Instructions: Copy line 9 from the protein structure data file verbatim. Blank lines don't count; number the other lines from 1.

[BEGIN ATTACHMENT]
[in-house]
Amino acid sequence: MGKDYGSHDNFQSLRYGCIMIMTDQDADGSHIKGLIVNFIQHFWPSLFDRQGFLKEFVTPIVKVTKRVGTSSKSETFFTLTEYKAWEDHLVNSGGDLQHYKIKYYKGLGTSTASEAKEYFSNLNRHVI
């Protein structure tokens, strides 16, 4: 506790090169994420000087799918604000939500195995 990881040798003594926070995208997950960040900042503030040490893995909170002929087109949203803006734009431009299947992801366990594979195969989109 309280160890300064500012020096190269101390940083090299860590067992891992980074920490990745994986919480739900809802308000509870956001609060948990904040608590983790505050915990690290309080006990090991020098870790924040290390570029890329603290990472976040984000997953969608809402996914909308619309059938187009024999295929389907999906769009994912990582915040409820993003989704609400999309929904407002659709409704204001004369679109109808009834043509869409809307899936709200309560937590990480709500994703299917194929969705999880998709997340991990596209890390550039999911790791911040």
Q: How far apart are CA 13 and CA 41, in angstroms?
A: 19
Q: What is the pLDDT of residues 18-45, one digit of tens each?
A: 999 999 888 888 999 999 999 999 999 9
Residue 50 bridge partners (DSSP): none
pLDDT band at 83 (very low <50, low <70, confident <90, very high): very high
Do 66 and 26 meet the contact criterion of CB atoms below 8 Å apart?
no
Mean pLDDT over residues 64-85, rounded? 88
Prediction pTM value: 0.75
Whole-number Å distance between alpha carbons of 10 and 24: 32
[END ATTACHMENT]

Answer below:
pLDDT band at 83 (very low <50, low <70, confident <90, very high): very high